Blog Fanatic: What’s in Store

Rich Jacques (one of our regulars) got the Wall deck at my deck challenge. Rich got paired up against Erhnam and Burnem in the fourth round, and complained bitterly about losing to River Boa two of the games. “He has four Boas, and I have only four Swords! I have no other way to deal with them!” I picked up his sideboard to find he had sided out Stinging Barriers. “Uh Rich, these guys are pretty good against one toughness creatures. “Oh my God!” yelled Virginia State Champion Wes Moss, one of Rich’s friends. “That’s like the best card in your deck. Why’d you side it out?”

When I first came to work for StarCityGames.com, I signed on for many job duties, including Magic Card managing, tournament covering, convention working – but most of these tasks related directly to either the mail order business or to the web site. I didn’t really have much to do with the physical Star City Game Center. I take that back – I was actively discouraged from having anything to do with the physical Star City Game Center by one Pete Hoefling Senior, a.k.a. The Old Man.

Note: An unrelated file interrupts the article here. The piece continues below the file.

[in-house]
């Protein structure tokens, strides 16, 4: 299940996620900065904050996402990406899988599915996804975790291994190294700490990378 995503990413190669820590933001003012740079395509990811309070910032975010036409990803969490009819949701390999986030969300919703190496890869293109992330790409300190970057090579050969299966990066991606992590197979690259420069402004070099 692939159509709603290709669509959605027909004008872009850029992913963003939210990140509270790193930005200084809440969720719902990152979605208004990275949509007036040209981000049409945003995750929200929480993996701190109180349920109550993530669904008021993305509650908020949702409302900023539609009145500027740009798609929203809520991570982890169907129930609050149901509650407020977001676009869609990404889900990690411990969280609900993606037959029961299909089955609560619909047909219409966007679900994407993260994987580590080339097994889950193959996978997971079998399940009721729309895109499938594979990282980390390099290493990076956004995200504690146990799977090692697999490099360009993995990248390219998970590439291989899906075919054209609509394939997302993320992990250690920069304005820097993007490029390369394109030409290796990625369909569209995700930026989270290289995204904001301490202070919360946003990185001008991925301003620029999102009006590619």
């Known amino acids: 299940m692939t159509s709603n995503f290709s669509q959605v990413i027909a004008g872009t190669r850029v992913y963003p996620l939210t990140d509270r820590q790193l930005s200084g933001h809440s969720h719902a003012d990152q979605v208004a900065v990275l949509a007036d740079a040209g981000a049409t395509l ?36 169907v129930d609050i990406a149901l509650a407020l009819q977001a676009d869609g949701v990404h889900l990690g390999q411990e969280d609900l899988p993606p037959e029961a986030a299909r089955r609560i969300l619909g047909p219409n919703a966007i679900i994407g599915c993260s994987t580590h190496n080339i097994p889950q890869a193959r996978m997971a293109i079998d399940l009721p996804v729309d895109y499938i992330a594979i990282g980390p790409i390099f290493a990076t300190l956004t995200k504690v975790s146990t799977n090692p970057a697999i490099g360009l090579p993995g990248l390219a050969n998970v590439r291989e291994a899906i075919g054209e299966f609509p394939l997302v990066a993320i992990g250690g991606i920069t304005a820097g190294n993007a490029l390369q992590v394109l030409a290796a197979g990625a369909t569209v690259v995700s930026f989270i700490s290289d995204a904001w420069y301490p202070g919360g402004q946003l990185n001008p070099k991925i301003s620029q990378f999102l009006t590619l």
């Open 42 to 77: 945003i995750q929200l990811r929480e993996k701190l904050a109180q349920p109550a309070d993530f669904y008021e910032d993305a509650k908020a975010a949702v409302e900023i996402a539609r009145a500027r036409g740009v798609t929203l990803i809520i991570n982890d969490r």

Pete’s dad (who answers to both Senior or Old Man) might be in his fifties, but he acts like a stereotypical penny-pinching miser who wakes up with a terminal case of cranky every day. A typical conversation with Senior goes like this:

Senior:”What, am I still paying you to work here?”

Me:”Senior, why are you so old?”


Me:”You’re ugly, too.”

Ha ha! What great comedy! This routine goes on every day of the week. I like Senior, but he’s an acquired taste. Even though he’s cranky and detail oriented, his observations and work methods are usually spot on. His biggest concern is making sure that the cash registers upstairs balance each day. To this end, he will absolutely not teach anyone to use these registers unless he trusts them implicitly to not screw up the numbers. Because of this, Senior would not teach me how to use the damn registers for over a year, even though I would bug him daily about learning to use the damn registers. You never know when you might need to jump on the machine when you’re upstairs, and the regular store guys get busy.